I spent most of this week at our company summit meeting at Lake Monomonac, in Winchendon, MA. (It's near Leominster, which is pronounced Lemon-ster.) We're a small "virtual" company-- a total of just 8 employees, and we all work from home. Up until now, I had only met 3 of my coworkers in person, so I got to meet the other 4 this week.
I started calling our meeting a retreat, because the cell phone reception was pretty sketchy, but I'm pretty sure that our retreat didn't cost $440,000 because we were staying at my boss' 3-BR / 2-Bath lake cottage and one of my coworkers brought his camper. (Wall Street should take business frugality lessons from us!)
The Tip of the Iceberg
I know that our software does some complicated engineering analysis, but this week I realized that the expression "tip of the iceberg" is a gross understatement. I would guess that probably 99% of the software is "underwater" or behind the curtain of the user interface.
Maybe that's true of every product to a certain extent. I'm sure that surgeons never stop to think about all of the analysis and testing that go into the development of the devices that they use, which is what I used to work on.
But this week I realized that now I'm on the other side, sneaking a peak at what's happening behind the curtain, and I'm feeling a little sheepish because I'm out of my element. I have written computer programs to crunch data through equations, but I am not a programmer.
My coworkers spent several hours talking about graph theory, Dinic algorithms, valency, and supernodes. They did their best to explain some of these concepts to me, but I still have only the foggiest clue of what those terms really mean.
Am I the only one who feels bullied by airports that don't offer free WiFi access?
I mean it's bad enough that you're holding me hostage for hours with crummy overpriced food, uncomfortable seating, and noisy announcements repeated over-and-over-and-over again. (Most airports banned smoking decades ago. Do we still need announcements to remind people of this fact?!?) Couldn't you please just let me check my email and surf the internet for an hour for free, to help take my mind off of how tired and miserable I am?
I really don't feel like I'm being unreasonable here.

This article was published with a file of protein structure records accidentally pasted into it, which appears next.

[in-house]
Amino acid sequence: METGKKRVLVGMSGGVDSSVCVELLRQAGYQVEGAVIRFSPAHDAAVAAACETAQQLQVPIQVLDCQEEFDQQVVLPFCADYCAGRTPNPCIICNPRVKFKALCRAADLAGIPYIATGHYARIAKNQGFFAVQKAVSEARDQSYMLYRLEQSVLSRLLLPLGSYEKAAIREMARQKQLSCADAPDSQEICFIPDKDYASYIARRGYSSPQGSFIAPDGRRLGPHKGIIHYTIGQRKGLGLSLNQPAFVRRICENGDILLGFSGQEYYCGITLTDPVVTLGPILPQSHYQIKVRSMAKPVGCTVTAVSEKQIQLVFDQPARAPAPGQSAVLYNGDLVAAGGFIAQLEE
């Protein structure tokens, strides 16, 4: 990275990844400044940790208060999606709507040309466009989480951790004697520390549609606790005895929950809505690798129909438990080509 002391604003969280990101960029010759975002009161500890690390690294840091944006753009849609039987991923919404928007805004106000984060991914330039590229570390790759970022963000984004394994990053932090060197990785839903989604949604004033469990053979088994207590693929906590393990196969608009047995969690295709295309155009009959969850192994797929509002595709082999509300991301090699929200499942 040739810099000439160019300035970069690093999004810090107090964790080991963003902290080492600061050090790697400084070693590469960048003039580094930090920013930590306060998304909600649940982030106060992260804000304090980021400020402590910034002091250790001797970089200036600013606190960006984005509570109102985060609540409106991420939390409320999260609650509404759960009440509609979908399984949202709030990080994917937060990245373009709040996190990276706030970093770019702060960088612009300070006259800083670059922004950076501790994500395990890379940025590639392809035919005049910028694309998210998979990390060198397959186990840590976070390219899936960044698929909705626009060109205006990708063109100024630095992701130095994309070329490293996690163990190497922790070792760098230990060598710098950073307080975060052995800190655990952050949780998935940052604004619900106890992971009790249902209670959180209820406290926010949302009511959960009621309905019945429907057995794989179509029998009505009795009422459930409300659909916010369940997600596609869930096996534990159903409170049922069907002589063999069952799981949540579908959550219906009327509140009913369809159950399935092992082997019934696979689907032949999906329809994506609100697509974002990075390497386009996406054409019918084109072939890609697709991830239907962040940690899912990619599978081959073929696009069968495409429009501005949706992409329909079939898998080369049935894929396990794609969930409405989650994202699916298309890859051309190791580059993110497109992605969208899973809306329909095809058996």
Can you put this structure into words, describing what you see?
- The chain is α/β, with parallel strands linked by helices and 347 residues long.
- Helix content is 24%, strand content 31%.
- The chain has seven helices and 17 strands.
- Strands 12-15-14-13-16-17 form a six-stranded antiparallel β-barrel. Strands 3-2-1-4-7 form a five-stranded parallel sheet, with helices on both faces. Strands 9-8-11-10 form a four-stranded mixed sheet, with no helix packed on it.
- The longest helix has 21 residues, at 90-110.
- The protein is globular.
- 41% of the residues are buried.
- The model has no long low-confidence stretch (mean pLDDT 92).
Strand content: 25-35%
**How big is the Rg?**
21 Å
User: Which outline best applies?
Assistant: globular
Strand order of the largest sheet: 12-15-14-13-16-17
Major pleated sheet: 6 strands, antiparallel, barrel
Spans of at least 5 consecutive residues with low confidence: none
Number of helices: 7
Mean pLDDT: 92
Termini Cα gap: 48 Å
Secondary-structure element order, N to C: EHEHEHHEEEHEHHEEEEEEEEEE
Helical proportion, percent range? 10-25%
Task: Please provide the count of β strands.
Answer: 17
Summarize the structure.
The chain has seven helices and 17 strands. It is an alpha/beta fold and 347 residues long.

I suspect that most people are like me-- They boot up their computer to see if there is a free connection, but when they find out that they have to pay for access, they just shut everything down again. (I actually use my iPod touch to test the waters first, so I don't have to deal with the hassle of waiting for my computer to boot up.) Because it's not worth paying $8-10 just to get online for 45 minutes. And if the cost isn't really the issue, then there's the hassle of having to submit the credit card charges for reimbursement on an expense account.
I just wonder how much revenue is actually being generated by the exclusive partnerships between airports and the internet service providers for "pay by the hour" access?
On that note, I just have to say that Dayton is a nice little airport. Free WiFi access, reasonable parking, quick security lines, and much cheaper flights than Cincinnati. I just wish they were closer to my house. I had to get up at 2:45am on Monday morning so that I could leave my house at 4am, and I was still a little bit rushed catching my 6:10 flight. So my busy week got off to a very early start!
I'm a Mac
I love these commercials, and I think The Bean Counter is especially great.
Maybe it's just fun to cheer for the underdog, but seriously, Microsoft has made themselves such an easy target with Vista...
You know you've really screwed up when you have to disguise your product as something else (i.e. the "Mojave" commercials) in order to get people to even consider taking a look at it.
My coworkers (i.e. brilliant software developers) have struggled with serious problems installing Vista on their computers, so I have a hard time believing that Vista is ready for prime-time.